Final touches have been added to proposals to reverse decades of underinvestment and secure the future of the 321 acre Derbyshire estate which includes the much-loved historic Grade II* Listed gardens which are the finest example of renowned 19th century gardener William Barron’s work.
It follows a comprehensive public consultation exercise and many months of work with Elvaston Castle and Garden Trust (ECGT), working with the National Trust, to finalise proposals for:
- building a new café accessed from the upper stable yard leading out onto a new adventure playground
- regeneration of the lower stables yard into a space for retail, catering and exhibitions
- regeneration of the upper stables yard for retail and office space
- new accommodation and workshops for site staff and volunteers in the frame yard
- reducing traffic through local villages and improving visitor access to the site by creating a new entrance and access drive closer to the A6 via a new junction/roundabout on the B5010. This would take visitors more quickly into the heart of the estate and to a proposed new car park.
The detailed plans are available to view online and will also be on display at the castle on 12 November when key members of the regeneration team will be on hand to discuss the proposals.
Councillor Tony King, our Cabinet Member for Clean Growth and Regeneration said:
“Elvaston Castle and Country Park is enjoyed by people from all over Derbyshire so it's no surprise that so many wanted to contribute their own ideas, many of which have been included in our Masterplan.
“If our proposals get the go-ahead, it will signal the start of the first phase of our plans to secure the future of Elvaston Castle and Country Park for generations to come by making it a sustainable visitor attraction that can stand on its own 2 feet, saving millions of pounds for Derbyshire council tax payers who currently pay for the upkeep of the estate.”
Restored to its former glory, the whole site will remain a country park, free at the point of entry with increased visitor numbers helping to contribute to the running costs.
If the first phase of the restoration gets the go-ahead, it will pave the way for further planned development such as:
- the repair and renovation of further historic buildings on the site to bring them back into use
- converting the ground floor of the castle into a conferencing and events venue
- offering camping and glamping on the estate’s former campsite with facilities for touring caravans, motorhomes and tents.
- an improved and varied events programme to attract a wider audience.
Once the home of the Earls of Harrington, the Stanhope family left Elvaston Castle after WWII. We rescued the site in the 1960s when it was threatened by development for mining, and developed it as Britain’s first country park. During recent decades, shrinking local government budgets have meant that we have struggled to meet rising running costs while a number of previous bids to provide the site with a sustainable future unfortunately proved unsuccessful.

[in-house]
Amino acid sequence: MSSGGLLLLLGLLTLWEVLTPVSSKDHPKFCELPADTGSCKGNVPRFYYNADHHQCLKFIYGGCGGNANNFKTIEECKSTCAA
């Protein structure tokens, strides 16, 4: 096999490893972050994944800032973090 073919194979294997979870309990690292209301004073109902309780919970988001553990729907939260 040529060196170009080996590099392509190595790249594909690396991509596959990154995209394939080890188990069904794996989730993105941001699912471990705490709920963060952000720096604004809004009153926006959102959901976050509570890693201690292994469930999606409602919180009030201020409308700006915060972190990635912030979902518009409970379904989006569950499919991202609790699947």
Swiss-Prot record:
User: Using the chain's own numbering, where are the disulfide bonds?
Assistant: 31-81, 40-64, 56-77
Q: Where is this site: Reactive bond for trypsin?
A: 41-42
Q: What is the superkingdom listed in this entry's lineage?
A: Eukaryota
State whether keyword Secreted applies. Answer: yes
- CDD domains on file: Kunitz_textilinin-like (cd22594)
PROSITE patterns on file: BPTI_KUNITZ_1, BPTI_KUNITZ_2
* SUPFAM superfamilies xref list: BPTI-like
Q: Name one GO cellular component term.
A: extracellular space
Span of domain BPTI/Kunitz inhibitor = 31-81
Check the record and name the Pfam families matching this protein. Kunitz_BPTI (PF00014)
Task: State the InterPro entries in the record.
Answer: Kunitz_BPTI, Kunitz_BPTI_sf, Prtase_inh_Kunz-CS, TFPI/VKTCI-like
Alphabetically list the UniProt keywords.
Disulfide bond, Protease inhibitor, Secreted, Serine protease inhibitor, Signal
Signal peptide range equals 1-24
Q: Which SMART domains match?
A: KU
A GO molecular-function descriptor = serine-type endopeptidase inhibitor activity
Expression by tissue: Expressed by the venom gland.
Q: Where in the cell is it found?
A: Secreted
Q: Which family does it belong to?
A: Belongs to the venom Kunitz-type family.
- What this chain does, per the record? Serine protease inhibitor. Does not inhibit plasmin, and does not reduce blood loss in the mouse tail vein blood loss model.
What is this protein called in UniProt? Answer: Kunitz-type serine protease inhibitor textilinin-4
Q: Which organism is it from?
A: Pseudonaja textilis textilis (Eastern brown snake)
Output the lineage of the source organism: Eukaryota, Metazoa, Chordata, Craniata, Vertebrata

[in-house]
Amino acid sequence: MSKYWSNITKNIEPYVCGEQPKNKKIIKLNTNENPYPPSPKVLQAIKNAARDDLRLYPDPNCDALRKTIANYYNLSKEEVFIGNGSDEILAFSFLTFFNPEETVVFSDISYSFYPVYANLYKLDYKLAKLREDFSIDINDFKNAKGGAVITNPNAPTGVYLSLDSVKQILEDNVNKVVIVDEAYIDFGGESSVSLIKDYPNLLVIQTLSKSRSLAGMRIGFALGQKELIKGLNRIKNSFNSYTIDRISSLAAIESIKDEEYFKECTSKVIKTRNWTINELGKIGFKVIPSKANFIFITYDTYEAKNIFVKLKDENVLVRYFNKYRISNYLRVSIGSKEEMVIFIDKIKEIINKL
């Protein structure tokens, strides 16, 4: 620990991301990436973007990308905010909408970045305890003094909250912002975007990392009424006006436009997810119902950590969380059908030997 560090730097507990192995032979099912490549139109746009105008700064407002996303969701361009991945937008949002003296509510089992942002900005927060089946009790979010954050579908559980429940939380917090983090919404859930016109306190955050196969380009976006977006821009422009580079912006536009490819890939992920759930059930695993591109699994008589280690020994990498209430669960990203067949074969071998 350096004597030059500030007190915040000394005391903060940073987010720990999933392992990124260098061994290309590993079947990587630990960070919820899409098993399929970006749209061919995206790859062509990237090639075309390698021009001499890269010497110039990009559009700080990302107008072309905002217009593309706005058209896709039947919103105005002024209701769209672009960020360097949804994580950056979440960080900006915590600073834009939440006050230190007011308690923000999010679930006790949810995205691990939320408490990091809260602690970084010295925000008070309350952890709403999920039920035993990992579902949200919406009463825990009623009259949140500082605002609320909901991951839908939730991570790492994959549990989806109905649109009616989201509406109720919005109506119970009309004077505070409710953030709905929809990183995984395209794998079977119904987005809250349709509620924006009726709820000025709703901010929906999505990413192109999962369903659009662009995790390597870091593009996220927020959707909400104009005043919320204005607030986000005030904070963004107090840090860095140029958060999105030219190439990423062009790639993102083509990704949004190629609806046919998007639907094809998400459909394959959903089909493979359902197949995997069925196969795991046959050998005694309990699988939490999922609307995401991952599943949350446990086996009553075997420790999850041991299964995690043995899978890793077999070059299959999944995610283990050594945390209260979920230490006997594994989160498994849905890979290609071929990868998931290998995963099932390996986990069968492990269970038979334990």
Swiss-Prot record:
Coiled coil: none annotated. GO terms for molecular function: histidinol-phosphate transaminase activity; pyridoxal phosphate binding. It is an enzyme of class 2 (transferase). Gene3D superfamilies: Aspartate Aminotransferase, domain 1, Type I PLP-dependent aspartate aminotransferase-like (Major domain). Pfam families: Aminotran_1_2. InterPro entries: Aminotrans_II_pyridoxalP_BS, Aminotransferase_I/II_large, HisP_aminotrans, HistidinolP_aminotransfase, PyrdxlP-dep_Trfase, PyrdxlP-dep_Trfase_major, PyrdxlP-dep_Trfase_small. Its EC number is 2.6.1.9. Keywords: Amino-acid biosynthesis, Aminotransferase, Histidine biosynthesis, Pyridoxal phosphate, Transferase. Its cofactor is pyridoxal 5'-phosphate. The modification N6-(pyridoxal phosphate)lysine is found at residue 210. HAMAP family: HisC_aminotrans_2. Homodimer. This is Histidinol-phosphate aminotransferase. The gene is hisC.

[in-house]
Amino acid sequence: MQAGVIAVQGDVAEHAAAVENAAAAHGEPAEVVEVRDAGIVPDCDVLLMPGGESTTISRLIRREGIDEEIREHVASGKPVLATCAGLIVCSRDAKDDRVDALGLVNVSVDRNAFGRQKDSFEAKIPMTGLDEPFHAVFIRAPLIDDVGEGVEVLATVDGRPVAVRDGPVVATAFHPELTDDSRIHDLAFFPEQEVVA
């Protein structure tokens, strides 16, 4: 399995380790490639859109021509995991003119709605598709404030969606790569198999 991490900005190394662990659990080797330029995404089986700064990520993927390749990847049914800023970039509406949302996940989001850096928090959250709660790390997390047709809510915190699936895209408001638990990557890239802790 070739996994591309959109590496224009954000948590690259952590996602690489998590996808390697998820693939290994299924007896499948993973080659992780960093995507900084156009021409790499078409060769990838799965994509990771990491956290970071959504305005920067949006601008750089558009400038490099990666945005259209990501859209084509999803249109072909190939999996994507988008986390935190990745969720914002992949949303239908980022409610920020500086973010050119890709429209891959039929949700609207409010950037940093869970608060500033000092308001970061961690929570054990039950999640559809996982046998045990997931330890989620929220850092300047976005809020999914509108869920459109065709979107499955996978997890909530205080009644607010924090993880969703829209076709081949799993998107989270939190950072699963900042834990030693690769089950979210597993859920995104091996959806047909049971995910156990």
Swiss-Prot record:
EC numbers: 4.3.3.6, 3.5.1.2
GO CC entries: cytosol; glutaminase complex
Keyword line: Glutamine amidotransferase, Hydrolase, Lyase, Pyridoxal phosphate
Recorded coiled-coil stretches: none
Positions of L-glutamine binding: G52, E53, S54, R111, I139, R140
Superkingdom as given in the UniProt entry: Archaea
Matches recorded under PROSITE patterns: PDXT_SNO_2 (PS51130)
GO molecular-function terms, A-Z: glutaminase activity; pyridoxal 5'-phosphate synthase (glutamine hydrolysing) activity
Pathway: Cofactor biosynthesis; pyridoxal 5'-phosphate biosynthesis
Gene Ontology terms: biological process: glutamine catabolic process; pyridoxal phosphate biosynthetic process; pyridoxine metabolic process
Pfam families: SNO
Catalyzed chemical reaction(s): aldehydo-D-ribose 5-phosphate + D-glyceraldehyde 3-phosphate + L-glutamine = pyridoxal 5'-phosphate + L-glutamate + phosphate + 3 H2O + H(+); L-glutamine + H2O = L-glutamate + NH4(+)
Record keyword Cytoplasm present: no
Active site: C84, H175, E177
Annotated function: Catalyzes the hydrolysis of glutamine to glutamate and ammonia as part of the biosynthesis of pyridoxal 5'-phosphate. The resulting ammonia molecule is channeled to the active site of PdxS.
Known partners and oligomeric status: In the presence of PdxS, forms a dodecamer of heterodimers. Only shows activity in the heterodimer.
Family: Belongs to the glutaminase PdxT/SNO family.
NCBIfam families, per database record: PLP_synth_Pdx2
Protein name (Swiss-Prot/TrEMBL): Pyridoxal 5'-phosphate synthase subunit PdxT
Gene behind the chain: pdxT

Dr Peter Robinson, Chair of ECGT said:
“It’s taken a tremendous amount of work to get us to this point and the thoughts and ideas contributed by local residents and the wider Derbyshire community have been invaluable in shaping this plan. Like many people, I love Elvaston and visit frequently with family and friends.
“These are ambitious plans and we have several years of hard work in front of us, but Elvaston has huge untapped potential that we believe is the key to securing its future and saving it from further decline and dereliction.
“We’re committed to bringing the castle, gardens and wider parkland back to life and opening up much more of the estate to the public, including the 3 courtyards which include significant former estate workshops and stable buildings which include a blacksmith’s forge, gas engine and the remains of an original real tennis court.”
If plans are approved, regeneration of the estate is expected to create more than 170 new jobs and increase the number of visitors. There are no plans to build new residential housing on the estate.
The planning application will be considered by our planning committee which will decide whether or not to grant planning permission. This is because under planning law, planning applications for development on land owned by a particular council are considered by the planning committee for that council.
Our planning committee considers all planning applications on their merits and is impartial. All decisions by the committee are based on planning policy, factual information and information presented to the committee, and other material considerations.
The £35 million regeneration costs will come from a mix of public and private investment, including a bid to the National Lottery Heritage Fund and substantial investment from us. Our long-term plan is to hand the day-to-day running of the estate to the Elvaston Castle and Gardens Trust (ECGT). The Trust is an independent charity committed to creating new jobs and new volunteering opportunities, to opening up access to more areas of the estate, and to sharing Elvaston’s history with new and diverse audiences.